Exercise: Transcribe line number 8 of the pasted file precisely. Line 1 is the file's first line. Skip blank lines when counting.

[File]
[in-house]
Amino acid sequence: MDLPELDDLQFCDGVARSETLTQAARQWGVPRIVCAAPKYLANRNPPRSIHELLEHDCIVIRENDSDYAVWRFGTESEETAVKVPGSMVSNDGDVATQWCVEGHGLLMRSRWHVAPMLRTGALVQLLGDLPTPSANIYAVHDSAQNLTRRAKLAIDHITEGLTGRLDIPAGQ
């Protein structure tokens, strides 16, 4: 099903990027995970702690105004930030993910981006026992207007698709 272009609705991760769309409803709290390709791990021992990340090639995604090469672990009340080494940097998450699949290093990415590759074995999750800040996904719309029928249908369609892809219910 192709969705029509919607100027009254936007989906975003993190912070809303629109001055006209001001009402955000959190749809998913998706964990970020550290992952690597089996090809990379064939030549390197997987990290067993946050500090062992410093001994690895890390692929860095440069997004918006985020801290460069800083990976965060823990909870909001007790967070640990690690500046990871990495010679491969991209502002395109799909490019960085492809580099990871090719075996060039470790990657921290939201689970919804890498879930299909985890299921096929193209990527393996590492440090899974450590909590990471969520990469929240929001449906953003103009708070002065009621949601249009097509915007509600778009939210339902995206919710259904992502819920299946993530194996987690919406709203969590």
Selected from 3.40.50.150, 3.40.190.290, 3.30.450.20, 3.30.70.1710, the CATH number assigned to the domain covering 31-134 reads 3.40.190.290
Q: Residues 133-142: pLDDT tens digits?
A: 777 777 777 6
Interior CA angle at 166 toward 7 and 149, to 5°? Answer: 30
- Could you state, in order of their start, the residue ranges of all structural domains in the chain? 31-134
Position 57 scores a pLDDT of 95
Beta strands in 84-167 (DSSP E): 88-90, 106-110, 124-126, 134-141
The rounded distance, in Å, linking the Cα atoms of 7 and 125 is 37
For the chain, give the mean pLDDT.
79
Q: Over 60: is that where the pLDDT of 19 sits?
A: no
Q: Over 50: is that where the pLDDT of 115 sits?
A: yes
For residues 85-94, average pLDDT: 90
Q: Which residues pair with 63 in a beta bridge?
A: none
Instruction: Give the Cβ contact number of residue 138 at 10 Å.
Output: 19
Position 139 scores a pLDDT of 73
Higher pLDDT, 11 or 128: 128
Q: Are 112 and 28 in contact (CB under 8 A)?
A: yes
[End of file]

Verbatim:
- Could you state, in order of their start, the residue ranges of all structural domains in the chain? 31-134